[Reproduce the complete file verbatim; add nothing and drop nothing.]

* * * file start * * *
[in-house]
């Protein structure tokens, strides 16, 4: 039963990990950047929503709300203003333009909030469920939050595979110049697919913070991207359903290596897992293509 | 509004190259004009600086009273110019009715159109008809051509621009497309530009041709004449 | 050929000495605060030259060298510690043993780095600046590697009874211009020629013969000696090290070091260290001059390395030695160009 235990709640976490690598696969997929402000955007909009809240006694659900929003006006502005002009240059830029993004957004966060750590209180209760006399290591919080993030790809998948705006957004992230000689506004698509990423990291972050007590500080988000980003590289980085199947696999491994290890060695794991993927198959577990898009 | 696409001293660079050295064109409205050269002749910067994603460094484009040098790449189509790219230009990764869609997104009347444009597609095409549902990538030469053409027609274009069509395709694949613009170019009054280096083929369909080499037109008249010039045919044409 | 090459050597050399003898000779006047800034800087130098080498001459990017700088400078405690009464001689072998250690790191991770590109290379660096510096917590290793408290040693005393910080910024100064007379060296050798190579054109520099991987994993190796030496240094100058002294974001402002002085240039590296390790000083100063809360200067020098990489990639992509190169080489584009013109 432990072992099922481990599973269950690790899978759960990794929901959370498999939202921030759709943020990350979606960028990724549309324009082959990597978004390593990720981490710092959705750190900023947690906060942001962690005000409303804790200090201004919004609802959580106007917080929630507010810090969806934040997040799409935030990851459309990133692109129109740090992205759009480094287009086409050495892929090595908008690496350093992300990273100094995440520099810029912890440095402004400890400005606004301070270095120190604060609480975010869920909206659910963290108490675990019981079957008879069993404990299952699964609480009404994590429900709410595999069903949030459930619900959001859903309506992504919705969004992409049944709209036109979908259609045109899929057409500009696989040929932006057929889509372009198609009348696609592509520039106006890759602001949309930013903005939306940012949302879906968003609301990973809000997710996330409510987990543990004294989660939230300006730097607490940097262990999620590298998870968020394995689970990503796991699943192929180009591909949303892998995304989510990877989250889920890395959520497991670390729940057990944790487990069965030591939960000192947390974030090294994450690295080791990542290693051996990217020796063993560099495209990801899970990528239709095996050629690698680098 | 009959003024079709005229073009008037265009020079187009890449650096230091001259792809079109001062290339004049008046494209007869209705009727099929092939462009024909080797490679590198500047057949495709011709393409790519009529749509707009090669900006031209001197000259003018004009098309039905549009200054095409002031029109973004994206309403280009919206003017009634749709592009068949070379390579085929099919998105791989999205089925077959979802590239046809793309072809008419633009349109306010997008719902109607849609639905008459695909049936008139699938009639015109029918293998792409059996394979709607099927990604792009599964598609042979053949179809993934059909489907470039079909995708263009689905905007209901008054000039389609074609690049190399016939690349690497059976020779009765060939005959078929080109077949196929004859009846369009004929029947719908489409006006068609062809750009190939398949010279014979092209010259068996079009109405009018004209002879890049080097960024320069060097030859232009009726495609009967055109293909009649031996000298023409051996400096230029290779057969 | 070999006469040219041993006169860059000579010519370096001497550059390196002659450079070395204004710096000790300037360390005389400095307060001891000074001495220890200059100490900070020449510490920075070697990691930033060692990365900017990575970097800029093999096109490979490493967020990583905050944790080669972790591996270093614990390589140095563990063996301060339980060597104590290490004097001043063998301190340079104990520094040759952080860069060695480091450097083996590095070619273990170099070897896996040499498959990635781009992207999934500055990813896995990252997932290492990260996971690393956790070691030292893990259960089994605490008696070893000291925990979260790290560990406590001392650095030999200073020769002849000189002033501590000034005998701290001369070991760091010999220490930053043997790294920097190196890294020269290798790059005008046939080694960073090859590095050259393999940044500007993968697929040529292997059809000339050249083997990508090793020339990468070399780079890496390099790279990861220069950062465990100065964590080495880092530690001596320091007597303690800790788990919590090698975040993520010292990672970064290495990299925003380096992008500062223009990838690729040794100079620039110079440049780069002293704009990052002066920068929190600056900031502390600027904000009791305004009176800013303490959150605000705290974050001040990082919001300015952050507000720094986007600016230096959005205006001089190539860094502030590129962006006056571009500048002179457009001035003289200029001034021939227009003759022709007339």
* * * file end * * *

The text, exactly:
[in-house]
């Protein structure tokens, strides 16, 4: 039963990990950047929503709300203003333009909030469920939050595979110049697919913070991207359903290596897992293509 | 509004190259004009600086009273110019009715159109008809051509621009497309530009041709004449 | 050929000495605060030259060298510690043993780095600046590697009874211009020629013969000696090290070091260290001059390395030695160009 235990709640976490690598696969997929402000955007909009809240006694659900929003006006502005002009240059830029993004957004966060750590209180209760006399290591919080993030790809998948705006957004992230000689506004698509990423990291972050007590500080988000980003590289980085199947696999491994290890060695794991993927198959577990898009 | 696409001293660079050295064109409205050269002749910067994603460094484009040098790449189509790219230009990764869609997104009347444009597609095409549902990538030469053409027609274009069509395709694949613009170019009054280096083929369909080499037109008249010039045919044409 | 090459050597050399003898000779006047800034800087130098080498001459990017700088400078405690009464001689072998250690790191991770590109290379660096510096917590290793408290040693005393910080910024100064007379060296050798190579054109520099991987994993190796030496240094100058002294974001402002002085240039590296390790000083100063809360200067020098990489990639992509190169080489584009013109 432990072992099922481990599973269950690790899978759960990794929901959370498999939202921030759709943020990350979606960028990724549309324009082959990597978004390593990720981490710092959705750190900023947690906060942001962690005000409303804790200090201004919004609802959580106007917080929630507010810090969806934040997040799409935030990851459309990133692109129109740090992205759009480094287009086409050495892929090595908008690496350093992300990273100094995440520099810029912890440095402004400890400005606004301070270095120190604060609480975010869920909206659910963290108490675990019981079957008879069993404990299952699964609480009404994590429900709410595999069903949030459930619900959001859903309506992504919705969004992409049944709209036109979908259609045109899929057409500009696989040929932006057929889509372009198609009348696609592509520039106006890759602001949309930013903005939306940012949302879906968003609301990973809000997710996330409510987990543990004294989660939230300006730097607490940097262990999620590298998870968020394995689970990503796991699943192929180009591909949303892998995304989510990877989250889920890395959520497991670390729940057990944790487990069965030591939960000192947390974030090294994450690295080791990542290693051996990217020796063993560099495209990801899970990528239709095996050629690698680098 | 009959003024079709005229073009008037265009020079187009890449650096230091001259792809079109001062290339004049008046494209007869209705009727099929092939462009024909080797490679590198500047057949495709011709393409790519009529749509707009090669900006031209001197000259003018004009098309039905549009200054095409002031029109973004994206309403280009919206003017009634749709592009068949070379390579085929099919998105791989999205089925077959979802590239046809793309072809008419633009349109306010997008719902109607849609639905008459695909049936008139699938009639015109029918293998792409059996394979709607099927990604792009599964598609042979053949179809993934059909489907470039079909995708263009689905905007209901008054000039389609074609690049190399016939690349690497059976020779009765060939005959078929080109077949196929004859009846369009004929029947719908489409006006068609062809750009190939398949010279014979092209010259068996079009109405009018004209002879890049080097960024320069060097030859232009009726495609009967055109293909009649031996000298023409051996400096230029290779057969 | 070999006469040219041993006169860059000579010519370096001497550059390196002659450079070395204004710096000790300037360390005389400095307060001891000074001495220890200059100490900070020449510490920075070697990691930033060692990365900017990575970097800029093999096109490979490493967020990583905050944790080669972790591996270093614990390589140095563990063996301060339980060597104590290490004097001043063998301190340079104990520094040759952080860069060695480091450097083996590095070619273990170099070897896996040499498959990635781009992207999934500055990813896995990252997932290492990260996971690393956790070691030292893990259960089994605490008696070893000291925990979260790290560990406590001392650095030999200073020769002849000189002033501590000034005998701290001369070991760091010999220490930053043997790294920097190196890294020269290798790059005008046939080694960073090859590095050259393999940044500007993968697929040529292997059809000339050249083997990508090793020339990468070399780079890496390099790279990861220069950062465990100065964590080495880092530690001596320091007597303690800790788990919590090698975040993520010292990672970064290495990299925003380096992008500062223009990838690729040794100079620039110079440049780069002293704009990052002066920068929190600056900031502390600027904000009791305004009176800013303490959150605000705290974050001040990082919001300015952050507000720094986007600016230096959005205006001089190539860094502030590129962006006056571009500048002179457009001035003289200029001034021939227009003759022709007339």